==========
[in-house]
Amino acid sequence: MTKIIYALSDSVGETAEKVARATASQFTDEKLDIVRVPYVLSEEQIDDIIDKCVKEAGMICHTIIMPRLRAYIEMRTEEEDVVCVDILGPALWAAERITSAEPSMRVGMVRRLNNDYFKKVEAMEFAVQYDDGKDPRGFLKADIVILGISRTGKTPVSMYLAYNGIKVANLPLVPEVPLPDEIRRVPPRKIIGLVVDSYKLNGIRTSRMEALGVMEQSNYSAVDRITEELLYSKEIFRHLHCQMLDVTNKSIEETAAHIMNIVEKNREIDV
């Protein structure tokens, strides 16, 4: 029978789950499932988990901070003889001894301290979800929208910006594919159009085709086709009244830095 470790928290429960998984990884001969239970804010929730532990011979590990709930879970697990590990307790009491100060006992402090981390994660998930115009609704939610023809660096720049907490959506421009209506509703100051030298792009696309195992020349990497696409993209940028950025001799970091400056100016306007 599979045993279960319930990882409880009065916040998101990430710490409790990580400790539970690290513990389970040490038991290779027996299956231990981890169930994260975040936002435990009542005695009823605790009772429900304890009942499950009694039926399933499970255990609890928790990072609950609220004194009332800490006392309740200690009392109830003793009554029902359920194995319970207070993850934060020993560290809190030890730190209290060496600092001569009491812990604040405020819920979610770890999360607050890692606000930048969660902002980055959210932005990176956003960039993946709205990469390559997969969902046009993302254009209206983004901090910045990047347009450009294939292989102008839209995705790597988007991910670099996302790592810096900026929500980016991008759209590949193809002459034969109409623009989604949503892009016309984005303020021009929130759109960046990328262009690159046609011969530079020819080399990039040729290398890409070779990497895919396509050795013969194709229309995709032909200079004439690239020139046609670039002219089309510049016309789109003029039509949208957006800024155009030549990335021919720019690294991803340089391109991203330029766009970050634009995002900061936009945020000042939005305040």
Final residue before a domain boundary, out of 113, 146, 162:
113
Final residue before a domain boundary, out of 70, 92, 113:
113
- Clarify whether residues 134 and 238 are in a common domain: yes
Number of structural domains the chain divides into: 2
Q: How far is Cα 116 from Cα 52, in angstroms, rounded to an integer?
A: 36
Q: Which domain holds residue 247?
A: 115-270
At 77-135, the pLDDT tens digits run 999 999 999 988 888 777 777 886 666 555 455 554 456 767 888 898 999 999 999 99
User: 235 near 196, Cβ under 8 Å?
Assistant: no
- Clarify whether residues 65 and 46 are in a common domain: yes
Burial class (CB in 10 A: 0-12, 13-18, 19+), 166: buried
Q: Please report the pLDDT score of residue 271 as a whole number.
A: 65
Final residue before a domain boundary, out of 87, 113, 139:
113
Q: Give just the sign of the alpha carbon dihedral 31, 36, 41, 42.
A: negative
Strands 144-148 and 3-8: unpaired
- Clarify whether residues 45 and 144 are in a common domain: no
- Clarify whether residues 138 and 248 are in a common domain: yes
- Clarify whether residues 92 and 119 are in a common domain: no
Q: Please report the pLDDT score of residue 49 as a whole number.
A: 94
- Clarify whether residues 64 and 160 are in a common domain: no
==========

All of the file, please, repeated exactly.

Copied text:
[in-house]
Amino acid sequence: MTKIIYALSDSVGETAEKVARATASQFTDEKLDIVRVPYVLSEEQIDDIIDKCVKEAGMICHTIIMPRLRAYIEMRTEEEDVVCVDILGPALWAAERITSAEPSMRVGMVRRLNNDYFKKVEAMEFAVQYDDGKDPRGFLKADIVILGISRTGKTPVSMYLAYNGIKVANLPLVPEVPLPDEIRRVPPRKIIGLVVDSYKLNGIRTSRMEALGVMEQSNYSAVDRITEELLYSKEIFRHLHCQMLDVTNKSIEETAAHIMNIVEKNREIDV
């Protein structure tokens, strides 16, 4: 029978789950499932988990901070003889001894301290979800929208910006594919159009085709086709009244830095 470790928290429960998984990884001969239970804010929730532990011979590990709930879970697990590990307790009491100060006992402090981390994660998930115009609704939610023809660096720049907490959506421009209506509703100051030298792009696309195992020349990497696409993209940028950025001799970091400056100016306007 599979045993279960319930990882409880009065916040998101990430710490409790990580400790539970690290513990389970040490038991290779027996299956231990981890169930994260975040936002435990009542005695009823605790009772429900304890009942499950009694039926399933499970255990609890928790990072609950609220004194009332800490006392309740200690009392109830003793009554029902359920194995319970207070993850934060020993560290809190030890730190209290060496600092001569009491812990604040405020819920979610770890999360607050890692606000930048969660902002980055959210932005990176956003960039993946709205990469390559997969969902046009993302254009209206983004901090910045990047347009450009294939292989102008839209995705790597988007991910670099996302790592810096900026929500980016991008759209590949193809002459034969109409623009989604949503892009016309984005303020021009929130759109960046990328262009690159046609011969530079020819080399990039040729290398890409070779990497895919396509050795013969194709229309995709032909200079004439690239020139046609670039002219089309510049016309789109003029039509949208957006800024155009030549990335021919720019690294991803340089391109991203330029766009970050634009995002900061936009945020000042939005305040």
Final residue before a domain boundary, out of 113, 146, 162:
113
Final residue before a domain boundary, out of 70, 92, 113:
113
- Clarify whether residues 134 and 238 are in a common domain: yes
Number of structural domains the chain divides into: 2
Q: How far is Cα 116 from Cα 52, in angstroms, rounded to an integer?
A: 36
Q: Which domain holds residue 247?
A: 115-270
At 77-135, the pLDDT tens digits run 999 999 999 988 888 777 777 886 666 555 455 554 456 767 888 898 999 999 999 99
User: 235 near 196, Cβ under 8 Å?
Assistant: no
- Clarify whether residues 65 and 46 are in a common domain: yes
Burial class (CB in 10 A: 0-12, 13-18, 19+), 166: buried
Q: Please report the pLDDT score of residue 271 as a whole number.
A: 65
Final residue before a domain boundary, out of 87, 113, 139:
113
Q: Give just the sign of the alpha carbon dihedral 31, 36, 41, 42.
A: negative
Strands 144-148 and 3-8: unpaired
- Clarify whether residues 45 and 144 are in a common domain: no
- Clarify whether residues 138 and 248 are in a common domain: yes
- Clarify whether residues 92 and 119 are in a common domain: no
Q: Please report the pLDDT score of residue 49 as a whole number.
A: 94
- Clarify whether residues 64 and 160 are in a common domain: no